D - AB Editorial by evima

The answer is obviously \(1\) for \(N = 2, 3\). Below, we assume \(N>3\).

Let us consider the case \(c_{\mathrm{AB}} =\) B. (The case \(c_{\mathrm{AB}} =\) A is almost the same.)

If \(c_{\mathrm{BB}} =\) B, there is only one string that can be made. Below, we assume \(c_{\mathrm{BB}} =\) A.

If \(c_{\mathrm{BA}} =\) A here, we can construct every string that begins with AB and ends with B, so the answer is \(2^{N-3}\).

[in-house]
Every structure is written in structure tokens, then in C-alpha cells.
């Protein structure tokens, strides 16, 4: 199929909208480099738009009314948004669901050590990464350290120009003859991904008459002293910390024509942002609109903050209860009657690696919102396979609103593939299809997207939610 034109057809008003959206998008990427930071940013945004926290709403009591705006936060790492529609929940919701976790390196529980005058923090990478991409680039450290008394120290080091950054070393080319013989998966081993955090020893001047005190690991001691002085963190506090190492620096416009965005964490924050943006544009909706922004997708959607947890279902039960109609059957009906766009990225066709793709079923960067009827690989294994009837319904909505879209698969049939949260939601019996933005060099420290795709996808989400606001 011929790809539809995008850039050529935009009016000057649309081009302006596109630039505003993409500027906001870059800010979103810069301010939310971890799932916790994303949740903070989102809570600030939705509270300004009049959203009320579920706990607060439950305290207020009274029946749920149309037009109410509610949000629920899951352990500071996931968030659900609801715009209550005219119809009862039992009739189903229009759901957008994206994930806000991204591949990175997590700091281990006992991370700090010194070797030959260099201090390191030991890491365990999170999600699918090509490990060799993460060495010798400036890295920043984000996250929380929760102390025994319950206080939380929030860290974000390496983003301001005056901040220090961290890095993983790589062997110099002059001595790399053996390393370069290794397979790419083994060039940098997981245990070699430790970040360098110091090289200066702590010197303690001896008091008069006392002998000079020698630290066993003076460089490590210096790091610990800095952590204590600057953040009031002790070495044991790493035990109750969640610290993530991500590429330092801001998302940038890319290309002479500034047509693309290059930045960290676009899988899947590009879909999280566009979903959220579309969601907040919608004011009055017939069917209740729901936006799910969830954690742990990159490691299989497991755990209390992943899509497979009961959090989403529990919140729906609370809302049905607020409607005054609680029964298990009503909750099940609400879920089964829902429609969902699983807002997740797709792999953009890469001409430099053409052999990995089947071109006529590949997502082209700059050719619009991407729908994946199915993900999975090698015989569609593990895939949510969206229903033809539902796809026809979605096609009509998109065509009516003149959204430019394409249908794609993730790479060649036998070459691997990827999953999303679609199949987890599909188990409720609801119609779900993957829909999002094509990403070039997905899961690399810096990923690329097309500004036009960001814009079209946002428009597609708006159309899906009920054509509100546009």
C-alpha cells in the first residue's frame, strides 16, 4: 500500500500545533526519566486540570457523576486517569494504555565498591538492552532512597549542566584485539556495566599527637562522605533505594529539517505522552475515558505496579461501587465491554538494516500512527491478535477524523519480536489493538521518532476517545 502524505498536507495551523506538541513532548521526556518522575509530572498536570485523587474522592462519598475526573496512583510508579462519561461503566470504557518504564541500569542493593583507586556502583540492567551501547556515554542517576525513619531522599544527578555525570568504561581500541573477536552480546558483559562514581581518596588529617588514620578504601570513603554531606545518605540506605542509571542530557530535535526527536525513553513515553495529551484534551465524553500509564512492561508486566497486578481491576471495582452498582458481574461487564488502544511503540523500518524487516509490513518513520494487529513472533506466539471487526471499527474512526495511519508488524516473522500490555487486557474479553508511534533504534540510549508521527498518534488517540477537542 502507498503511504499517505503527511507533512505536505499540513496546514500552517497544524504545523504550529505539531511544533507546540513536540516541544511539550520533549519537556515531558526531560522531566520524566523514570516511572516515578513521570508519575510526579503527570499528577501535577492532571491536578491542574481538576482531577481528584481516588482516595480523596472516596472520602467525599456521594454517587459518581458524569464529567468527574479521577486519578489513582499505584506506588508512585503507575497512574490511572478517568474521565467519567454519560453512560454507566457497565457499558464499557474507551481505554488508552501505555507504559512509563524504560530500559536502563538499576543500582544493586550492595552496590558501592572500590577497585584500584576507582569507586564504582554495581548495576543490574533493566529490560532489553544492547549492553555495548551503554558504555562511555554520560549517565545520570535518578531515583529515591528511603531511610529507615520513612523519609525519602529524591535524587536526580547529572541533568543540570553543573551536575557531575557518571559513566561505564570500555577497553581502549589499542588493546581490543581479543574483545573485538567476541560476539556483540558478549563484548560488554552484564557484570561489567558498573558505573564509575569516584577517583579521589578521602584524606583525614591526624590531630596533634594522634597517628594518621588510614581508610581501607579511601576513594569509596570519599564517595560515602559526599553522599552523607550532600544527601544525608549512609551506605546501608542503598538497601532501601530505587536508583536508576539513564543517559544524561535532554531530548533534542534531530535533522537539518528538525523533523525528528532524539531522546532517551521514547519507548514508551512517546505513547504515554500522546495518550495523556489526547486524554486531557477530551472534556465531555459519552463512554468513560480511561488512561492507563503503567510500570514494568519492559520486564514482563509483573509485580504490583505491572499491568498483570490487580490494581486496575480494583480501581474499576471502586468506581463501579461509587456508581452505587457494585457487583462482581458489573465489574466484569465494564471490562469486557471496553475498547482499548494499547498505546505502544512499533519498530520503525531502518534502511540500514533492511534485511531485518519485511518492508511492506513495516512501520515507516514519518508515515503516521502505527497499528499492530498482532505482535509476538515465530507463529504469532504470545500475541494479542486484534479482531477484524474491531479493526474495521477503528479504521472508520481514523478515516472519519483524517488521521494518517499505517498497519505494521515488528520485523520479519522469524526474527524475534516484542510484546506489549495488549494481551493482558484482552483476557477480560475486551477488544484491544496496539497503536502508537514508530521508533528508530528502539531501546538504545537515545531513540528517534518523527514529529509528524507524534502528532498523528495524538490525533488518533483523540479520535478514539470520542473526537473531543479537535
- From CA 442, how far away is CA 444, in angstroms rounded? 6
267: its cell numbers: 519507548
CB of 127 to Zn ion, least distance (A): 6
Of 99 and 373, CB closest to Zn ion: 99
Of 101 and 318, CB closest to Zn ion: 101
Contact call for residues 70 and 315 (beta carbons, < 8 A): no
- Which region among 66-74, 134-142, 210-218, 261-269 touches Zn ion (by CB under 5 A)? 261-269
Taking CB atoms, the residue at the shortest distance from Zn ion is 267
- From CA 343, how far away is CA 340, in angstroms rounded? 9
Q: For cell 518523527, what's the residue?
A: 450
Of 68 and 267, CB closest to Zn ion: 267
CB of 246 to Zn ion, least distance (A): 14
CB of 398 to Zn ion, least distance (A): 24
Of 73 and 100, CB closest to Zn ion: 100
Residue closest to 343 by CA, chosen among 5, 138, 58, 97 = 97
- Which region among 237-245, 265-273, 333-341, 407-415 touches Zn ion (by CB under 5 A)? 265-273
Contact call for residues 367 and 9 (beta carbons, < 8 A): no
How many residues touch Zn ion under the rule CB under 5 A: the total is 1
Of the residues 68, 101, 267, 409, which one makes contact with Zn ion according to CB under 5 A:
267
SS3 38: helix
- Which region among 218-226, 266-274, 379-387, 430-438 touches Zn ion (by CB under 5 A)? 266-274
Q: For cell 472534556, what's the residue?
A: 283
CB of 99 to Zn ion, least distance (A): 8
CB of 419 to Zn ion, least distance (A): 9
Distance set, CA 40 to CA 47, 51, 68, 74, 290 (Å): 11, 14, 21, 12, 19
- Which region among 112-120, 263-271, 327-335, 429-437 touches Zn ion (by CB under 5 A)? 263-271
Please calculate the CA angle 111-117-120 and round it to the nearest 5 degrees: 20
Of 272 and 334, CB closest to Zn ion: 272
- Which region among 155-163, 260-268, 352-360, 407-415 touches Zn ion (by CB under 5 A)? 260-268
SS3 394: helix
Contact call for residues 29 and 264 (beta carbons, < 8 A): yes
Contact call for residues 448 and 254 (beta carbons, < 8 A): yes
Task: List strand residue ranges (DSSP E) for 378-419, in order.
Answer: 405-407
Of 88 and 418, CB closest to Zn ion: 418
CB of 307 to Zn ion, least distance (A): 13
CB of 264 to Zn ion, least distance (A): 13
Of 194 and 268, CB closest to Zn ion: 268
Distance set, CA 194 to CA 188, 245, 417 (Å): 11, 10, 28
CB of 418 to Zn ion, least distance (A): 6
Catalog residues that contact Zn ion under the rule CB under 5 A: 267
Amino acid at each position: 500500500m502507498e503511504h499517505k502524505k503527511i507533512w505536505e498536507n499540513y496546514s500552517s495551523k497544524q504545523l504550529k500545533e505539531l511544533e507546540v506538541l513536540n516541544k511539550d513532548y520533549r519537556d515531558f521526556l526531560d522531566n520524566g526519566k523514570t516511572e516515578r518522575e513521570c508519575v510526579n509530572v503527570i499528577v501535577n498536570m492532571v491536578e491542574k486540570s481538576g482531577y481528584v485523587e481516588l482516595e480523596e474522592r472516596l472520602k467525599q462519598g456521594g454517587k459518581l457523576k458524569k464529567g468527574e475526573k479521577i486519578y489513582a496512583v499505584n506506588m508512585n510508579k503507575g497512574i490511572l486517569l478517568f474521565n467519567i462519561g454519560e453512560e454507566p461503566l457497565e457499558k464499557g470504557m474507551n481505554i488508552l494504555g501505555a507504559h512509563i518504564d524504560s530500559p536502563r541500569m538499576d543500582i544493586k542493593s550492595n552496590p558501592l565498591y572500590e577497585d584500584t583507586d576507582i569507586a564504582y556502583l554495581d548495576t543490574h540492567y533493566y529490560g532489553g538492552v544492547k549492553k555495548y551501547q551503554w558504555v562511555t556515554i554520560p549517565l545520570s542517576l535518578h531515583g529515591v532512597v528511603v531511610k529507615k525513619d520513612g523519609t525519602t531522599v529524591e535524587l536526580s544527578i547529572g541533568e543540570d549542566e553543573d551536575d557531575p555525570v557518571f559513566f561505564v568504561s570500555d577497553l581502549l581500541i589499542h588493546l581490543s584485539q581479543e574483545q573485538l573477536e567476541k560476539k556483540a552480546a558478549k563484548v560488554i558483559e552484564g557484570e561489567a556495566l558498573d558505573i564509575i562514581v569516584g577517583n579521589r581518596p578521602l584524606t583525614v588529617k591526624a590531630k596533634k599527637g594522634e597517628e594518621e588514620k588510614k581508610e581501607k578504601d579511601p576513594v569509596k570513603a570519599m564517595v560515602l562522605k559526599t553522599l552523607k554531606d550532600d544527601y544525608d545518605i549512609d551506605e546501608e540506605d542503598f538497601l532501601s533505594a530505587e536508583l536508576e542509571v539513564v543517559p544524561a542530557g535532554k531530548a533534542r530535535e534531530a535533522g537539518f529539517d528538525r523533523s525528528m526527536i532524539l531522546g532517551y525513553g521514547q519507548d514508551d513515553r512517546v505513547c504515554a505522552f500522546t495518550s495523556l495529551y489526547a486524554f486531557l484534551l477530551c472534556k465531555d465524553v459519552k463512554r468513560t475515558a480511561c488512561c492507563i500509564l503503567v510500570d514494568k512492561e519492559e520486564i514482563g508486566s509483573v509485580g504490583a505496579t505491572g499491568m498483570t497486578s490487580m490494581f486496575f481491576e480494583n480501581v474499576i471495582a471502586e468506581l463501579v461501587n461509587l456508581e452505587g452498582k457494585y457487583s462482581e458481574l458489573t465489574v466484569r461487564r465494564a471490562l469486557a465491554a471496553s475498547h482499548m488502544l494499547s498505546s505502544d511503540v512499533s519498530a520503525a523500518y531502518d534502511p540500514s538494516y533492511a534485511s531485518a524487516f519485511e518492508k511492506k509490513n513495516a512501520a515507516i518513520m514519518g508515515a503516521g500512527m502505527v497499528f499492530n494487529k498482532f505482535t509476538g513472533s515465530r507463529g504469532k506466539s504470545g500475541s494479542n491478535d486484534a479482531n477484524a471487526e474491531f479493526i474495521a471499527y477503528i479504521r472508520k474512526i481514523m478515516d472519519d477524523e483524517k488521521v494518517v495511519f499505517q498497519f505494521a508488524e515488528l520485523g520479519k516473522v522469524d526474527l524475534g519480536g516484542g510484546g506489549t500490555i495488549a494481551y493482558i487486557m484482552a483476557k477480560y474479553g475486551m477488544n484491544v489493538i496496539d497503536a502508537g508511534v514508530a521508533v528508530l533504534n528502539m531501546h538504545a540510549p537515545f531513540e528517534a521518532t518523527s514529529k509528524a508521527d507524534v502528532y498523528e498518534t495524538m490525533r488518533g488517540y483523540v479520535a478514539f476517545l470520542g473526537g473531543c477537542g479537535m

If \(c_{\mathrm{BA}} =\) B, among the strings that begin with AB and end with B, we can construct everything that does not contain AA as a substring. In this case, the answer is \(F_{N-2}\), where \(F\) is defined as follows:

\( F_{n} = \begin{cases} 1 & \text{if } n \leq 1 \cr F_{n-1} + F_{n-2} & \text{otherwise} \end{cases}\)

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